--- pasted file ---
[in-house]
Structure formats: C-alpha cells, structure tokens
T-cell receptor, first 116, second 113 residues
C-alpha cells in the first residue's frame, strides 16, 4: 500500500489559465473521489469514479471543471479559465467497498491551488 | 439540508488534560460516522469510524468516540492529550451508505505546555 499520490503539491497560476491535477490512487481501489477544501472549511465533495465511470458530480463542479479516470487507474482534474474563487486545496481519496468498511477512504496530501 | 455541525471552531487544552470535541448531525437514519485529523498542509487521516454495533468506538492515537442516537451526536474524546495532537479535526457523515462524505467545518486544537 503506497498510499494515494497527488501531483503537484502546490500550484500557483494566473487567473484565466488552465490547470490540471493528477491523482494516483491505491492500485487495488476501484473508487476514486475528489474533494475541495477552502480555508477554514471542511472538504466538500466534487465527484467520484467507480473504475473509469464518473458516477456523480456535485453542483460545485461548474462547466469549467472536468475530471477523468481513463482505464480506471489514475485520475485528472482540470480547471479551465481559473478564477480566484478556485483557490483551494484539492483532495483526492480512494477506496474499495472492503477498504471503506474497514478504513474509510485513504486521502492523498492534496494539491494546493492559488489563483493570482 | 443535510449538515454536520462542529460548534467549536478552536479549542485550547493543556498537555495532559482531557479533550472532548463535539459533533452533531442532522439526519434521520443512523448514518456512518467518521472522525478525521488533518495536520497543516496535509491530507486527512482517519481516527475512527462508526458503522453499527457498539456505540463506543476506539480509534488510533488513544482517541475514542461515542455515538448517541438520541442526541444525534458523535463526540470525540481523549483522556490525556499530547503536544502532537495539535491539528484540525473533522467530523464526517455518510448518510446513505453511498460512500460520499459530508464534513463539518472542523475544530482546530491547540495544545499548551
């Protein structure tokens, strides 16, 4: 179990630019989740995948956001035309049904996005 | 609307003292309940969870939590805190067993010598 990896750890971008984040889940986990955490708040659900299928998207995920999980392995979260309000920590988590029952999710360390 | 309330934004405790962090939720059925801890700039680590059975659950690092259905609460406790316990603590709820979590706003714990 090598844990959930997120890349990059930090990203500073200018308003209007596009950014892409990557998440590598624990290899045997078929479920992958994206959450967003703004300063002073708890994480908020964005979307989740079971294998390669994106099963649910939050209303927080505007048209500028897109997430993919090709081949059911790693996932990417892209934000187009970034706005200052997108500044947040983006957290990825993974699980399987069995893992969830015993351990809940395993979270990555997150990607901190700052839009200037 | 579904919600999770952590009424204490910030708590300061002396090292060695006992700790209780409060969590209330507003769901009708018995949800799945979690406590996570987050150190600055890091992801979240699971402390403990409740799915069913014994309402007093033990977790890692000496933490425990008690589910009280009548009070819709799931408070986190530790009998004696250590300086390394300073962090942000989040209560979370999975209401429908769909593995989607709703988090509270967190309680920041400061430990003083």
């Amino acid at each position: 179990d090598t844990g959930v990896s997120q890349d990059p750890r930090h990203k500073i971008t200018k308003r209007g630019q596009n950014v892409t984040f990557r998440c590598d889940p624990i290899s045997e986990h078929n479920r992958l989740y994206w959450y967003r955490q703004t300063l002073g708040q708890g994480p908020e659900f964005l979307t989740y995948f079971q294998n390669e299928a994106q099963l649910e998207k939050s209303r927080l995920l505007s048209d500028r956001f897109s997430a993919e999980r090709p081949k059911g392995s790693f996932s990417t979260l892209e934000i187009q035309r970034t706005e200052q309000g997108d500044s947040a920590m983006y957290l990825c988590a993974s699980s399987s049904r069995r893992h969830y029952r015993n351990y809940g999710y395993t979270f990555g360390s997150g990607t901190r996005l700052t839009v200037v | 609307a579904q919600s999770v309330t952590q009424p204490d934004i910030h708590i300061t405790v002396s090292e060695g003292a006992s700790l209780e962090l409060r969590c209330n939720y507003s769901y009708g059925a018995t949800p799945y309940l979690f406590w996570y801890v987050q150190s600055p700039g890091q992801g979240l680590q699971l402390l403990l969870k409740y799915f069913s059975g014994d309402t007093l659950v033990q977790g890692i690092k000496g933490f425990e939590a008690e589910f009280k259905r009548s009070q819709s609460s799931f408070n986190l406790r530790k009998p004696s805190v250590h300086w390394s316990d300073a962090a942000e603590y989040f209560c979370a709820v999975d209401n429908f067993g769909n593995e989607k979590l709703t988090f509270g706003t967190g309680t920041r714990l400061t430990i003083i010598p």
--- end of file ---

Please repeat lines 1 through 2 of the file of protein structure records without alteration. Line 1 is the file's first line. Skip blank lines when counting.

[in-house]
Structure formats: C-alpha cells, structure tokens